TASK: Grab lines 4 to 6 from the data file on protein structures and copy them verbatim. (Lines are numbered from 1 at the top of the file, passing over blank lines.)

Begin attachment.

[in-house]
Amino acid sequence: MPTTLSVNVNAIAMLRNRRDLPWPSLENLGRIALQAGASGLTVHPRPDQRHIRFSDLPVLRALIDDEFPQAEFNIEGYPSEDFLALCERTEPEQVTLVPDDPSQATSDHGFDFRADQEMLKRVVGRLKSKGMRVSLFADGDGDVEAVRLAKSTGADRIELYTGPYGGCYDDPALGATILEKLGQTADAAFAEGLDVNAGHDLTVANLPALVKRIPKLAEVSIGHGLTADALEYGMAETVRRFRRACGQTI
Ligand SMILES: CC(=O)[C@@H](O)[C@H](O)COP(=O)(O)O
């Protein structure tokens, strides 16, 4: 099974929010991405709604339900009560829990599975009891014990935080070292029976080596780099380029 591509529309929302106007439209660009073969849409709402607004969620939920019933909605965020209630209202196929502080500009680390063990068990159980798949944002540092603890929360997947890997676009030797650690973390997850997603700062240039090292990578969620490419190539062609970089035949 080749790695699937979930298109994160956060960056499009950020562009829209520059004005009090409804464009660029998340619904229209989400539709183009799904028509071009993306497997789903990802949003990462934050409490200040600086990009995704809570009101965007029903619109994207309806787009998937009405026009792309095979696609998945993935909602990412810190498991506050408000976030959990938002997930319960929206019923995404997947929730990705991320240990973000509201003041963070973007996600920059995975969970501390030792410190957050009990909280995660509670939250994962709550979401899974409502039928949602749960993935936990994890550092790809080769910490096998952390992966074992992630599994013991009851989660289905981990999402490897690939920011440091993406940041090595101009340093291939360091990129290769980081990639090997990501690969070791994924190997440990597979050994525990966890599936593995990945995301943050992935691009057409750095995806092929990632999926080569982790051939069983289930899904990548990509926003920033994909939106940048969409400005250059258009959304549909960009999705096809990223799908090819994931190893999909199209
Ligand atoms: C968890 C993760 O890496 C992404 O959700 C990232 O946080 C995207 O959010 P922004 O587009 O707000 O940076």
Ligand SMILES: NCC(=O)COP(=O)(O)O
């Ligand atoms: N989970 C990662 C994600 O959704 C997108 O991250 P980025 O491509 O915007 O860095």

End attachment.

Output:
């Protein structure tokens, strides 16, 4: 099974929010991405709604339900009560829990599975009891014990935080070292029976080596780099380029 591509529309929302106007439209660009073969849409709402607004969620939920019933909605965020209630209202196929502080500009680390063990068990159980798949944002540092603890929360997947890997676009030797650690973390997850997603700062240039090292990578969620490419190539062609970089035949 080749790695699937979930298109994160956060960056499009950020562009829209520059004005009090409804464009660029998340619904229209989400539709183009799904028509071009993306497997789903990802949003990462934050409490200040600086990009995704809570009101965007029903619109994207309806787009998937009405026009792309095979696609998945993935909602990412810190498991506050408000976030959990938002997930319960929206019923995404997947929730990705991320240990973000509201003041963070973007996600920059995975969970501390030792410190957050009990909280995660509670939250994962709550979401899974409502039928949602749960993935936990994890550092790809080769910490096998952390992966074992992630599994013991009851989660289905981990999402490897690939920011440091993406940041090595101009340093291939360091990129290769980081990639090997990501690969070791994924190997440990597979050994525990966890599936593995990945995301943050992935691009057409750095995806092929990632999926080569982790051939069983289930899904990548990509926003920033994909939106940048969409400005250059258009959304549909960009999705096809990223799908090819994931190893999909199209
Ligand atoms: C968890 C993760 O890496 C992404 O959700 C990232 O946080 C995207 O959010 P922004 O587009 O707000 O940076």
Ligand SMILES: NCC(=O)COP(=O)(O)O